Bulimia nervosa (BN) patients have been shown to experience anomalous responses to food and food cues. We investigated the response to food over time by presenting repeated food cues and measuring changes in physiological (ie, salivation) and subjective responses.
Subjects were 18 BN women and 18 matched control women. Two palatable food stimuli, regular or frozen yogurt, that varied in macronutrient composition but had similar sensory characteristics, were presented to subjects repeatedly during a laboratory session. After two baseline salivation measures, subjects were presented with eight trials of one of the two yogurts. On Trial 9 a lemon juice dishabituator was presented, with the yogurt stimulus presented again at Trial 10.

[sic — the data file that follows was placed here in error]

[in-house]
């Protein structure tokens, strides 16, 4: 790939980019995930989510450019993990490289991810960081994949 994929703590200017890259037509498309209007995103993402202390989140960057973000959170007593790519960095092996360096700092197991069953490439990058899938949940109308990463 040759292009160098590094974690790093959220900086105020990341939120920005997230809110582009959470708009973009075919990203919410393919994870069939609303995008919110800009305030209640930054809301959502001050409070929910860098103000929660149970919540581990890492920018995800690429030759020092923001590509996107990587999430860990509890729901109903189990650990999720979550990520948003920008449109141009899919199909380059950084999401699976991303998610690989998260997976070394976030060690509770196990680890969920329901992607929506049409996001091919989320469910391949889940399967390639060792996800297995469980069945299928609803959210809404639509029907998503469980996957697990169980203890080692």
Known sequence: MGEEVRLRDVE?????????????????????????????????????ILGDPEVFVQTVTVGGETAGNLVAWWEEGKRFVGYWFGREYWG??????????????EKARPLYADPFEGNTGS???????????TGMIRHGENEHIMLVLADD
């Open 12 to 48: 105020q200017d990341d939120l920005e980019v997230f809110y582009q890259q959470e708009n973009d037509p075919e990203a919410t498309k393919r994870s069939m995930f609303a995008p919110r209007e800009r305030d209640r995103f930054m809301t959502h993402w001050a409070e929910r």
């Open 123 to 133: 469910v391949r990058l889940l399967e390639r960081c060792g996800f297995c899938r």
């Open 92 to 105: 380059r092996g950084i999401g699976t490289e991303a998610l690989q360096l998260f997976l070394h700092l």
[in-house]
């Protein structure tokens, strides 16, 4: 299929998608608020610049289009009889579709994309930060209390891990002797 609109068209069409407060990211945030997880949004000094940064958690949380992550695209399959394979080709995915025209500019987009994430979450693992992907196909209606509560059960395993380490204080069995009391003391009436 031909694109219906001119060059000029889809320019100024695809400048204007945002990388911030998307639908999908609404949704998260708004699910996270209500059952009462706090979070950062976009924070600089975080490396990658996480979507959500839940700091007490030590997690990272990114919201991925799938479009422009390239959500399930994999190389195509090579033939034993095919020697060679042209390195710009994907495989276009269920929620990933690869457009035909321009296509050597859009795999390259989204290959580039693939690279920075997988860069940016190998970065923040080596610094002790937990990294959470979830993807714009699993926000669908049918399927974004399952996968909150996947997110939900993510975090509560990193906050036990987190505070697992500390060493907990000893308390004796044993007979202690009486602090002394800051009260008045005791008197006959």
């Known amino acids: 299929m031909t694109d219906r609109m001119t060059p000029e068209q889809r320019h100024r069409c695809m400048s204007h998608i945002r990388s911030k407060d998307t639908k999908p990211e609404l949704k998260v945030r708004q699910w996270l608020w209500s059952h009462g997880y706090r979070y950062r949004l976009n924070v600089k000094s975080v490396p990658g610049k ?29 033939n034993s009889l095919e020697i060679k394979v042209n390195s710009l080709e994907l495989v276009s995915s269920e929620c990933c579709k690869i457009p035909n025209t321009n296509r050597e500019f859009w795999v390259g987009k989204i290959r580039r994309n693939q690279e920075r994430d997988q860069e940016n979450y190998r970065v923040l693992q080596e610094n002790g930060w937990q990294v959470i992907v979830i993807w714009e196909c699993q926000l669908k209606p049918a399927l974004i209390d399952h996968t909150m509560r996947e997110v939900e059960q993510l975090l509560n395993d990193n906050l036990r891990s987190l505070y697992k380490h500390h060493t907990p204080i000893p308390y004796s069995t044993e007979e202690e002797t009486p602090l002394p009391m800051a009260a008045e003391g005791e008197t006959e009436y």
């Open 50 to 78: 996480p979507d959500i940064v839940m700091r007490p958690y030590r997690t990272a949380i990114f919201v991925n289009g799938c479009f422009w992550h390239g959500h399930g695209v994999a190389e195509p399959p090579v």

We found that control subjects had decreased salivation after repeated food presentations. In comparison, BN subjects failed to show a decrease in salivation. The desire to binge increased over trials for the BN subjects, but remained stable for normals.
These data suggest that salivary habituation may be abnormal in BN patients.